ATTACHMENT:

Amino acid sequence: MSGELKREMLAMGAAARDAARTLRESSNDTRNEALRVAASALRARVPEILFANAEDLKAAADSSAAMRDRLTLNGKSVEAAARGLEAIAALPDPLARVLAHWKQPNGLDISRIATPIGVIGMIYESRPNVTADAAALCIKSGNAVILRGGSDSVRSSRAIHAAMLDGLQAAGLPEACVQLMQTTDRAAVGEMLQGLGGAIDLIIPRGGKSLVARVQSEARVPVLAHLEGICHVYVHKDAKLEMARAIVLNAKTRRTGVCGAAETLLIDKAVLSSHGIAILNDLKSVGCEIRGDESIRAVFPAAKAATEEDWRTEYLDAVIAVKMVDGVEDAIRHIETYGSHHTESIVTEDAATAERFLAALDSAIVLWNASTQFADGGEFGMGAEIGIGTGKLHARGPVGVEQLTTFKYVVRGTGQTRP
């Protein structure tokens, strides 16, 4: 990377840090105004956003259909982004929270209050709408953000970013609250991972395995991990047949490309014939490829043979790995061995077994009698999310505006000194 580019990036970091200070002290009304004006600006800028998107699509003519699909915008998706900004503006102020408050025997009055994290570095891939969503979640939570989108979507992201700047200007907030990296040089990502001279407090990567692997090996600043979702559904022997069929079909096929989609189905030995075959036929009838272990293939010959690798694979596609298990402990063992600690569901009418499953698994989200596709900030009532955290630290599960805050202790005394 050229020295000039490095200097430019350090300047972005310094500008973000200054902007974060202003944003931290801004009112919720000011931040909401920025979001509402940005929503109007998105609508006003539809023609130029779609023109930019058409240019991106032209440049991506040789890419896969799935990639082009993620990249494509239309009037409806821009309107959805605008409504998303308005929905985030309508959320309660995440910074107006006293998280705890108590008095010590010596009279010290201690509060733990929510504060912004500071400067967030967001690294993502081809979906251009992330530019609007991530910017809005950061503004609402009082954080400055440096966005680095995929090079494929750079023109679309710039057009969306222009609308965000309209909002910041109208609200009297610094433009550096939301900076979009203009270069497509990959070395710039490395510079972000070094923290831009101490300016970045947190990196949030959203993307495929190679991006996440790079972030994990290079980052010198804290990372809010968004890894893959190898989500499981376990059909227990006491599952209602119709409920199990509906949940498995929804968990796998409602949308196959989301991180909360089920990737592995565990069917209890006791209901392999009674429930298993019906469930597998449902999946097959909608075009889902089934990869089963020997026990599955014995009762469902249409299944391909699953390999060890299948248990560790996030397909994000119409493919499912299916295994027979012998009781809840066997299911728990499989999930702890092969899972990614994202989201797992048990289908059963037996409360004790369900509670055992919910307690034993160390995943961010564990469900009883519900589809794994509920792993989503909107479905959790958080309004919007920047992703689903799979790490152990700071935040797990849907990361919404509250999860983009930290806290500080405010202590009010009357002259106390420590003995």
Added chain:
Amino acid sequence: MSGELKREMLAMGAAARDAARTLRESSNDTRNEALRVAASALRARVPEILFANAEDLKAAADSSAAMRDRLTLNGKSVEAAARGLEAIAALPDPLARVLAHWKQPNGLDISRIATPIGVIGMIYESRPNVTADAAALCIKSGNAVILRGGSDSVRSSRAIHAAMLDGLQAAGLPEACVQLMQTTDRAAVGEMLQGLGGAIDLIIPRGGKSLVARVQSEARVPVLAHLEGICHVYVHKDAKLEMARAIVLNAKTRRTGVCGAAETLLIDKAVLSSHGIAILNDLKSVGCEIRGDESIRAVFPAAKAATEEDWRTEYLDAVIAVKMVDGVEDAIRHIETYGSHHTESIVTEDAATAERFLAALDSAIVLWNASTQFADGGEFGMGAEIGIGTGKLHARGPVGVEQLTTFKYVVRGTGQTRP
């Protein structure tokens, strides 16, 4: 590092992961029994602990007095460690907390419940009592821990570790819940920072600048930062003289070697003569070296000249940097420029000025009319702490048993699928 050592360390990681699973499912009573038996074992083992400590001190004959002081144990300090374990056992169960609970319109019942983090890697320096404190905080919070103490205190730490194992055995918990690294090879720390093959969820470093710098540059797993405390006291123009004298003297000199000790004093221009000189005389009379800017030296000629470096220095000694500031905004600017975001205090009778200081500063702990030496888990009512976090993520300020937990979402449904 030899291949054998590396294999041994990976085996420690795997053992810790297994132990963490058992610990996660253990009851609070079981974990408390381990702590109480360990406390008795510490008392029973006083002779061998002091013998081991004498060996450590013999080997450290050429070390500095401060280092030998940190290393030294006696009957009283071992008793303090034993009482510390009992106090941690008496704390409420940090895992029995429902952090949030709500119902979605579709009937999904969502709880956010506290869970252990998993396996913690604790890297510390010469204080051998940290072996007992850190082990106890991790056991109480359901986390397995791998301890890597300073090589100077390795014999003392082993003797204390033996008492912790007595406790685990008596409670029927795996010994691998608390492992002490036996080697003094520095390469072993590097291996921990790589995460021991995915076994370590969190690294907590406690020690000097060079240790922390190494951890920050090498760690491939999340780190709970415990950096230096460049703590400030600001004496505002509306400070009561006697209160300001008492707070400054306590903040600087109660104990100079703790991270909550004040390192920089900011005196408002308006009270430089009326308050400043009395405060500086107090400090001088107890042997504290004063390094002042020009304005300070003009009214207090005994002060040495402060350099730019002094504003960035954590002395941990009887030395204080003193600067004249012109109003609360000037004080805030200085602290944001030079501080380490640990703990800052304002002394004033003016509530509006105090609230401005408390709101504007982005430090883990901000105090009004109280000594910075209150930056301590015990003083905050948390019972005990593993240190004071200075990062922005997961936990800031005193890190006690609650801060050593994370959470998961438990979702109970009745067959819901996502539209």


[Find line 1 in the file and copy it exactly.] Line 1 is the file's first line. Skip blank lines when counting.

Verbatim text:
Amino acid sequence: MSGELKREMLAMGAAARDAARTLRESSNDTRNEALRVAASALRARVPEILFANAEDLKAAADSSAAMRDRLTLNGKSVEAAARGLEAIAALPDPLARVLAHWKQPNGLDISRIATPIGVIGMIYESRPNVTADAAALCIKSGNAVILRGGSDSVRSSRAIHAAMLDGLQAAGLPEACVQLMQTTDRAAVGEMLQGLGGAIDLIIPRGGKSLVARVQSEARVPVLAHLEGICHVYVHKDAKLEMARAIVLNAKTRRTGVCGAAETLLIDKAVLSSHGIAILNDLKSVGCEIRGDESIRAVFPAAKAATEEDWRTEYLDAVIAVKMVDGVEDAIRHIETYGSHHTESIVTEDAATAERFLAALDSAIVLWNASTQFADGGEFGMGAEIGIGTGKLHARGPVGVEQLTTFKYVVRGTGQTRP